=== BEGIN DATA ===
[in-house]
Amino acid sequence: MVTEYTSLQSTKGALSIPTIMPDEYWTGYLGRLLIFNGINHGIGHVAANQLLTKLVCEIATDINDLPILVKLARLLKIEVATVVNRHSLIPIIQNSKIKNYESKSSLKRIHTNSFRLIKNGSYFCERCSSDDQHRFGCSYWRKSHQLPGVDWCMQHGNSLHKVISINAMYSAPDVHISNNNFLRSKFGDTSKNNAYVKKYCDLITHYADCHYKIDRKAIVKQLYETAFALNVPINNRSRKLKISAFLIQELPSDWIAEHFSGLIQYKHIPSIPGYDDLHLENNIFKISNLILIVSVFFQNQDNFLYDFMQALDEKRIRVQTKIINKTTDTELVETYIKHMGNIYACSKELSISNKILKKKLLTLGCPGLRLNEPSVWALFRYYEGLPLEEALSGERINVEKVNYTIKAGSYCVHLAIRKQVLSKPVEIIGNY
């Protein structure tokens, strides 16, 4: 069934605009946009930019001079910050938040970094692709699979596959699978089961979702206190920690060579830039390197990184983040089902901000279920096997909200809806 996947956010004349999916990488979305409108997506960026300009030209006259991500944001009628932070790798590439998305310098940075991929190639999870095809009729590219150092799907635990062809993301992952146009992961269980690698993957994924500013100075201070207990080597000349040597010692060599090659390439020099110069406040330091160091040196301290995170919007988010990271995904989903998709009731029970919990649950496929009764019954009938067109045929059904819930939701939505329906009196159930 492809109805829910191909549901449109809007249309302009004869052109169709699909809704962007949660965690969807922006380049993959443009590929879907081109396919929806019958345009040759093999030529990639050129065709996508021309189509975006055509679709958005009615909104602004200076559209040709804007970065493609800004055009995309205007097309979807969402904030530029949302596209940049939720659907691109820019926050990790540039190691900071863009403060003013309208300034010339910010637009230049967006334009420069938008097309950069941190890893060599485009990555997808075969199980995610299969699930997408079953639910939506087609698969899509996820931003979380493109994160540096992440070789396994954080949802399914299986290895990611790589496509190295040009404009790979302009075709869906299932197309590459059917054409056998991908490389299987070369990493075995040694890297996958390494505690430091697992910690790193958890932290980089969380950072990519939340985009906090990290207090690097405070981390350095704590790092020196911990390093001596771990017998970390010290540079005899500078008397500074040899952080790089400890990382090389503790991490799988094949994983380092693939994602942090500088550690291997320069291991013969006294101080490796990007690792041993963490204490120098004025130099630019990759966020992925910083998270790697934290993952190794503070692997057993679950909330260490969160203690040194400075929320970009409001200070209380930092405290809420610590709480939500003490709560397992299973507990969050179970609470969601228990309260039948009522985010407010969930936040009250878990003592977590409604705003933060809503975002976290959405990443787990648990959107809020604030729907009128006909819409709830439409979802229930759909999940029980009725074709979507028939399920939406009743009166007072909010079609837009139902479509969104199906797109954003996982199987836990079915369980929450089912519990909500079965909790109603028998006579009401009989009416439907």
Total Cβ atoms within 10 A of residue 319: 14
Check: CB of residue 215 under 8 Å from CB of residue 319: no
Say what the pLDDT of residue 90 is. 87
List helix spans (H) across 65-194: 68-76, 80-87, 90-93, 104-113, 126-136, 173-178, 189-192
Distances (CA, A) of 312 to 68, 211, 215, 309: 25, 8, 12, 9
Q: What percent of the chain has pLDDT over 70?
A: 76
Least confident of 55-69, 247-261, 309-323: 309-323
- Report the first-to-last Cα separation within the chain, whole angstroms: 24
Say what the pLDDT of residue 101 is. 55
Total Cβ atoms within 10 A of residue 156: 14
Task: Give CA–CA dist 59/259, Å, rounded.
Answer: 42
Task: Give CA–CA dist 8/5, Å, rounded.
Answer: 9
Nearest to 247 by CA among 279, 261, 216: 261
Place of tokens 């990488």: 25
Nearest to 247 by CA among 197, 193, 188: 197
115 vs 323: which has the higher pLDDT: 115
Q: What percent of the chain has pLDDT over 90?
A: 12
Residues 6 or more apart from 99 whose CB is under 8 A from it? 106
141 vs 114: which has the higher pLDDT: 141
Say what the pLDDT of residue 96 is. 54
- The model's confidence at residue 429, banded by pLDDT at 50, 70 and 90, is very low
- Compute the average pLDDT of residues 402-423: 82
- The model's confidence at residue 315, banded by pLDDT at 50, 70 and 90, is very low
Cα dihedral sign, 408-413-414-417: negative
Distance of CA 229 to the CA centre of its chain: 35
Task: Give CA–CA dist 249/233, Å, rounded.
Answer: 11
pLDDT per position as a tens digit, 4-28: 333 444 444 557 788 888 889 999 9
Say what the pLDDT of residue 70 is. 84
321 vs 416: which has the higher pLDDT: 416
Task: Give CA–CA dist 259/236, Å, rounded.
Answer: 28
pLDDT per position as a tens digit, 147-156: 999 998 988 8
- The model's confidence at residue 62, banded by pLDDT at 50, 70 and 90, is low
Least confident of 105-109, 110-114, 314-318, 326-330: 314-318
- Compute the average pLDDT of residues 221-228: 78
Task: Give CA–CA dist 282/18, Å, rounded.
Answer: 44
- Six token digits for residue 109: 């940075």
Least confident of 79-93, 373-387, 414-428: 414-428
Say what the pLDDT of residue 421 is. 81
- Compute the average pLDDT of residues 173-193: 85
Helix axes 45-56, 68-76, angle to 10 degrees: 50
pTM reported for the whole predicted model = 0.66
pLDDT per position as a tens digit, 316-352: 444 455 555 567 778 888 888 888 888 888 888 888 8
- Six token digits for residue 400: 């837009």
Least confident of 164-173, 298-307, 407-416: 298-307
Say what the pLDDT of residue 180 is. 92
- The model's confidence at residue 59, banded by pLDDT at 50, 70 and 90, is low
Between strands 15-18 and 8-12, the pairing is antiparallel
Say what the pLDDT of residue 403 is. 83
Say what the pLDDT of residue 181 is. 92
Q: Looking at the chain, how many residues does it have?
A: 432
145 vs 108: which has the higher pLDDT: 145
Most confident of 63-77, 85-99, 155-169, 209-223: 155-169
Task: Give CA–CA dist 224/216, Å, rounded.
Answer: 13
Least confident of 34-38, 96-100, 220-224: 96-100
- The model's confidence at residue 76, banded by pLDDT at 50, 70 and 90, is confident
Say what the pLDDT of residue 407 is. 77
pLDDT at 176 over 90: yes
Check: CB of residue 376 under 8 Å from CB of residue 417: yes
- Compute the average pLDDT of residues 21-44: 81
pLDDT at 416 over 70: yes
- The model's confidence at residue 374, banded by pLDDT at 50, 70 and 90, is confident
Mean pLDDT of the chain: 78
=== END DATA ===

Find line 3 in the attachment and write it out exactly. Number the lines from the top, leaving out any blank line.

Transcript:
């Protein structure tokens, strides 16, 4: 069934605009946009930019001079910050938040970094692709699979596959699978089961979702206190920690060579830039390197990184983040089902901000279920096997909200809806 996947956010004349999916990488979305409108997506960026300009030209006259991500944001009628932070790798590439998305310098940075991929190639999870095809009729590219150092799907635990062809993301992952146009992961269980690698993957994924500013100075201070207990080597000349040597010692060599090659390439020099110069406040330091160091040196301290995170919007988010990271995904989903998709009731029970919990649950496929009764019954009938067109045929059904819930939701939505329906009196159930 492809109805829910191909549901449109809007249309302009004869052109169709699909809704962007949660965690969807922006380049993959443009590929879907081109396919929806019958345009040759093999030529990639050129065709996508021309189509975006055509679709958005009615909104602004200076559209040709804007970065493609800004055009995309205007097309979807969402904030530029949302596209940049939720659907691109820019926050990790540039190691900071863009403060003013309208300034010339910010637009230049967006334009420069938008097309950069941190890893060599485009990555997808075969199980995610299969699930997408079953639910939506087609698969899509996820931003979380493109994160540096992440070789396994954080949802399914299986290895990611790589496509190295040009404009790979302009075709869906299932197309590459059917054409056998991908490389299987070369990493075995040694890297996958390494505690430091697992910690790193958890932290980089969380950072990519939340985009906090990290207090690097405070981390350095704590790092020196911990390093001596771990017998970390010290540079005899500078008397500074040899952080790089400890990382090389503790991490799988094949994983380092693939994602942090500088550690291997320069291991013969006294101080490796990007690792041993963490204490120098004025130099630019990759966020992925910083998270790697934290993952190794503070692997057993679950909330260490969160203690040194400075929320970009409001200070209380930092405290809420610590709480939500003490709560397992299973507990969050179970609470969601228990309260039948009522985010407010969930936040009250878990003592977590409604705003933060809503975002976290959405990443787990648990959107809020604030729907009128006909819409709830439409979802229930759909999940029980009725074709979507028939399920939406009743009166007072909010079609837009139902479509969104199906797109954003996982199987836990079915369980929450089912519990909500079965909790109603028998006579009401009989009416439907």